COUNTRY and western singer and rock ’n’ roll pioneer
Born: 27October, 1924, in Towanda, Illinois, US.
Died: 8 December, 2015, in Cincinnati, Ohio, US, aged 91.
Bonnie Lou, a pioneering country music artist and rock ’n’ roll singer and who later became a TV host, has died in a Cincinnati nursing home. She was 91.
Born Mary Joan Kath in Towanda, Illinois, Lou began playing the violin and guitar as a child. By age 16, she was singing and performing on local radio stations in the Midwest. Her big break came a year later when she was signed to a contract to perform on a barn dance show, the Brush Creek Follies. She was known as Sally Carson and her group was The Rhythm Rangers. The show was broadcast nationwide.
Known for her yodeling, she later was dubbed Bonnie Lou and was featured on a show that became the Midwestern Hayride, a country and western radio programme on WLW in Cincinnati. This led to tours and eventually several performances at the Grand Ole Opry in Nashville.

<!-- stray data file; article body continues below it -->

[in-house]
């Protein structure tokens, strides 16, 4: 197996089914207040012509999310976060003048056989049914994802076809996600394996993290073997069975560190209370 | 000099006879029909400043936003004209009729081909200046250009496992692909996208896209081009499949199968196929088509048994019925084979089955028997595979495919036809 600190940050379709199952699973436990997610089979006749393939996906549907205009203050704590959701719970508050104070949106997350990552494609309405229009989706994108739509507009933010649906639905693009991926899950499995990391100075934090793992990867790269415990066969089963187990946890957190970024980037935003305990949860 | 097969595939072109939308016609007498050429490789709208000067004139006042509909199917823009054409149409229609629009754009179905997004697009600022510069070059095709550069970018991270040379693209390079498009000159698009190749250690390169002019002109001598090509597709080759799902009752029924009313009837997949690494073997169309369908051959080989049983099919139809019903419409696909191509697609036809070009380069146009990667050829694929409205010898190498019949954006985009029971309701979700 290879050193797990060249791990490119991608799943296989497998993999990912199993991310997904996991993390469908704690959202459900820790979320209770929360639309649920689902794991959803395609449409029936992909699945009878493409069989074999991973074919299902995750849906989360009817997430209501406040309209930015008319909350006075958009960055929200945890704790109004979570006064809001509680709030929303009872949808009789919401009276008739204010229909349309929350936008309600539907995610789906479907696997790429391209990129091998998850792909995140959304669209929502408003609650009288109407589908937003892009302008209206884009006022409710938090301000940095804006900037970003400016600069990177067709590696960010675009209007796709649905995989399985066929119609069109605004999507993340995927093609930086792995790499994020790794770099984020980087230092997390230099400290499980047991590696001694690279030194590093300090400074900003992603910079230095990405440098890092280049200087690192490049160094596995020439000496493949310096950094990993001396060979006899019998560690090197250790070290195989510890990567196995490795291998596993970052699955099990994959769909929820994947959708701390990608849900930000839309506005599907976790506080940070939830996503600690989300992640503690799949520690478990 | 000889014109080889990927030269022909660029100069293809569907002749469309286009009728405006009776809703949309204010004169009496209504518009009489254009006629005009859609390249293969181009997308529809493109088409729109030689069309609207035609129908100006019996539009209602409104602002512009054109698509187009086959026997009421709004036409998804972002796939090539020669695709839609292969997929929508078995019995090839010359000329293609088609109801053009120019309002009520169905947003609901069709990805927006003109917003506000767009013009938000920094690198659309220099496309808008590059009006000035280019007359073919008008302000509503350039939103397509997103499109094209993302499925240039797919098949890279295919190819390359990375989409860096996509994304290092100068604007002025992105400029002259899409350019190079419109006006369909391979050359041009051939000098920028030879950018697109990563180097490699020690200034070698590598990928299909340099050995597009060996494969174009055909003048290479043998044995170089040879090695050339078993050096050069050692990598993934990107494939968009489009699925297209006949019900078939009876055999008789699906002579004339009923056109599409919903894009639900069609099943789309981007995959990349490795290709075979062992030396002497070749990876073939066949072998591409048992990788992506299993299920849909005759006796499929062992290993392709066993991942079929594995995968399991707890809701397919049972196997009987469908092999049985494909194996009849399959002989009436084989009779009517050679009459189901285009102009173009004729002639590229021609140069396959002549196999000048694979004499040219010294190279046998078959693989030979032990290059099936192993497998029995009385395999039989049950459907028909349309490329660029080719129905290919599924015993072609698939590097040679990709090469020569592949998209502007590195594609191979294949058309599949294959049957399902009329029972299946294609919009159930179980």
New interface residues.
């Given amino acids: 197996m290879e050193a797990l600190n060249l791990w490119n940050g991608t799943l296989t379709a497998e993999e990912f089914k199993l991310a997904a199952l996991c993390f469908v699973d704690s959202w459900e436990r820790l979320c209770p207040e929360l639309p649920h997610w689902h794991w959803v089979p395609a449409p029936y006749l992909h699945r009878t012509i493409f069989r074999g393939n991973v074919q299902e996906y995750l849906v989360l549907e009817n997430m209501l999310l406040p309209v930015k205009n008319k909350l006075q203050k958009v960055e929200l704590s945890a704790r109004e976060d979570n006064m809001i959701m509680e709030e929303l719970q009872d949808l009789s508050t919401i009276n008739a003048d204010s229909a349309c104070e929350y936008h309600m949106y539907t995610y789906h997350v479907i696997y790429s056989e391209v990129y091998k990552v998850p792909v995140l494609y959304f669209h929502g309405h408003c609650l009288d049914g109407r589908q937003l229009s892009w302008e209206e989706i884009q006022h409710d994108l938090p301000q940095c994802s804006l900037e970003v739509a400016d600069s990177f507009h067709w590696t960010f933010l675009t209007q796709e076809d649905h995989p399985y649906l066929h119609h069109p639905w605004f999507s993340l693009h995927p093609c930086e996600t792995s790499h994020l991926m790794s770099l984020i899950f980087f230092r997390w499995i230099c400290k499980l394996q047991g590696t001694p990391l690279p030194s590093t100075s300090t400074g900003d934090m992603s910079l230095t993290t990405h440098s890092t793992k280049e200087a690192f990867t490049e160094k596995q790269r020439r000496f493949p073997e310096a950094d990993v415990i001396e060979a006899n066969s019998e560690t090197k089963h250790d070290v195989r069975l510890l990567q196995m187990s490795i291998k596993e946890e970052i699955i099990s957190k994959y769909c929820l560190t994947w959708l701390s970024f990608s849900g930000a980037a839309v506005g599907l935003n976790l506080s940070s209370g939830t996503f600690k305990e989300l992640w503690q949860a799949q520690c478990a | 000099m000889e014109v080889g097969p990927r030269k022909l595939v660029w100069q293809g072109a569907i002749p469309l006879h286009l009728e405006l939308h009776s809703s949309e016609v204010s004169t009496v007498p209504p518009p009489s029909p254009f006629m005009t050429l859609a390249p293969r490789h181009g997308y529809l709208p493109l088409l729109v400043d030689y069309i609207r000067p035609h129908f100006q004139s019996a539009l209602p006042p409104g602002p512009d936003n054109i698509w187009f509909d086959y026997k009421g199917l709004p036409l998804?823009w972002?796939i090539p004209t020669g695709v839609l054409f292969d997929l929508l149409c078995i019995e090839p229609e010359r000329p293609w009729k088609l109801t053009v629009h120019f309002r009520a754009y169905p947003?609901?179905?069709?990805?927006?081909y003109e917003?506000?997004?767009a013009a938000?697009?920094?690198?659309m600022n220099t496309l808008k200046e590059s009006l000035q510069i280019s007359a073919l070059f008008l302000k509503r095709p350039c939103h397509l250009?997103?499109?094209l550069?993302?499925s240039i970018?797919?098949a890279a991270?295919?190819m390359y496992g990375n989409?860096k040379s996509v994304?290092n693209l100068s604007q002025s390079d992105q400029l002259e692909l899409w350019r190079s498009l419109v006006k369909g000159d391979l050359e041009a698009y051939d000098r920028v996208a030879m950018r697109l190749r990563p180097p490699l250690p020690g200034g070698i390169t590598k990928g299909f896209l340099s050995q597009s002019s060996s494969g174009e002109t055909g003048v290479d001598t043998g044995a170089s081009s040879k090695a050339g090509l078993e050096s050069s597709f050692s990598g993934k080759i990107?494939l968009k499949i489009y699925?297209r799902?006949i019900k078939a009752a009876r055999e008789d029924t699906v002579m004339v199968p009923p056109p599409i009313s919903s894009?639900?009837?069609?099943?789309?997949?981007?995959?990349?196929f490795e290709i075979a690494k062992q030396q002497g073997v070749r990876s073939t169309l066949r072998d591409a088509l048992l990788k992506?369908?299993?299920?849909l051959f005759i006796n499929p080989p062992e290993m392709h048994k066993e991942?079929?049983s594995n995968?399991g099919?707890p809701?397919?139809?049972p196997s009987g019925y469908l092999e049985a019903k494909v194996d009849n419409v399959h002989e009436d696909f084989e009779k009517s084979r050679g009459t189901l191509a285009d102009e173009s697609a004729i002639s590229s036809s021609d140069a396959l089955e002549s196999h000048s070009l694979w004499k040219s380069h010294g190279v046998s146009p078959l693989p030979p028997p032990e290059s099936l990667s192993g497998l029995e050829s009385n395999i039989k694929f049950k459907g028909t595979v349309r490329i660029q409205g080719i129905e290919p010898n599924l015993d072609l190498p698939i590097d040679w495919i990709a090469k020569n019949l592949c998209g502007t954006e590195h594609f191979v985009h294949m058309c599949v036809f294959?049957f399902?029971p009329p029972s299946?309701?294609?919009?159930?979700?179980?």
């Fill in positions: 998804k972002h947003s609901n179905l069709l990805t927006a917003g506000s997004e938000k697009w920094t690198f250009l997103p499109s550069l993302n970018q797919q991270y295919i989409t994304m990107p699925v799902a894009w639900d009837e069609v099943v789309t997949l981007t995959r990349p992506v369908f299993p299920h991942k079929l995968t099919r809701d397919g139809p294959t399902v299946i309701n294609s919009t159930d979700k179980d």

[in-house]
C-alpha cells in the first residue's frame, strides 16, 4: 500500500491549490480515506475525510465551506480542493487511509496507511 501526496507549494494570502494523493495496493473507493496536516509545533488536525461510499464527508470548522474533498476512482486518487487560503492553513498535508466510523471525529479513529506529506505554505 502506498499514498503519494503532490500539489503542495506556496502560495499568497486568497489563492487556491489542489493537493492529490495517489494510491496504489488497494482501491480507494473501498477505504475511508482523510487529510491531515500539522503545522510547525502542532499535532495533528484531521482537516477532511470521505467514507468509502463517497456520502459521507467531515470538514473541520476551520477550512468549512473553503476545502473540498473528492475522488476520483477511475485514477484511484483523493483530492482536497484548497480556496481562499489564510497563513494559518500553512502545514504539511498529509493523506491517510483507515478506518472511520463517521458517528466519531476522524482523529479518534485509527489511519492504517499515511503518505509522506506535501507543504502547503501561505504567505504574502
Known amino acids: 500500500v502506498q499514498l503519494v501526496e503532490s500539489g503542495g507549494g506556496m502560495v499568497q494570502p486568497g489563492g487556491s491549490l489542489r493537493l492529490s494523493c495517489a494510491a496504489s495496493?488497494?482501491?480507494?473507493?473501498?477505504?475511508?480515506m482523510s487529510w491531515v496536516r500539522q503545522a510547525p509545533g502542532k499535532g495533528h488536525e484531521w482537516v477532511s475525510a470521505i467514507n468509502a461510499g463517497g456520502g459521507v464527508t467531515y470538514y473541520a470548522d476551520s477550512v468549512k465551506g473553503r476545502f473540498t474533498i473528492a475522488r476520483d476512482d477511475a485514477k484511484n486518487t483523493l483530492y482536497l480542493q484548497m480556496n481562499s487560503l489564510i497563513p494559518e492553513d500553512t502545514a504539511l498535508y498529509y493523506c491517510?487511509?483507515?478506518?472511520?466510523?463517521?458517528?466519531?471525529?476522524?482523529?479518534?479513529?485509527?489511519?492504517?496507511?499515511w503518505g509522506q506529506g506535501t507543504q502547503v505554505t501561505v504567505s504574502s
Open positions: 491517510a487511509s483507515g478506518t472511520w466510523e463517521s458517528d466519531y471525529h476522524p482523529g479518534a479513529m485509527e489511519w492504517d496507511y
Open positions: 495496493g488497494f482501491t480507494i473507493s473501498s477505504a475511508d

Bonnie Lou was a popular radio performer through the 1940s and some of her performances were cut to acetate and released to the public. In the 1950s, she signed with record companies as a country music singer. She had Top 10 country hits with Tennessee Wig Walk and Seven Lonely Days.
Later, she began recording rockabilly. In 1954, she recorded Two-Step Side-Step, written by Murry Wilson, whose sons became rock legends as the Beach Boys. A year later, her first rock ’n’ roll record, Daddy-O, rose to No.14 on the Billboard chart. She was a member of the Rockabilly Hall of Fame.
WLW’s television affiliate allowed Lou to transition to TV. She co-hosted and sang on the popular local show, the Paul Dixon Show.
She performed in public occasionally into her 80s. There was a resurgence of interest in her music about 15 years ago. Compilations of her songs have been released since 2000 and most of her recordings are available on digital downloads.
Lou was married to Glenn Ewins from 1945 until his death in 1964. They had a daughter, Constance. She married her second husband, Milton Okum, a furniture store owner and magician, in 1966.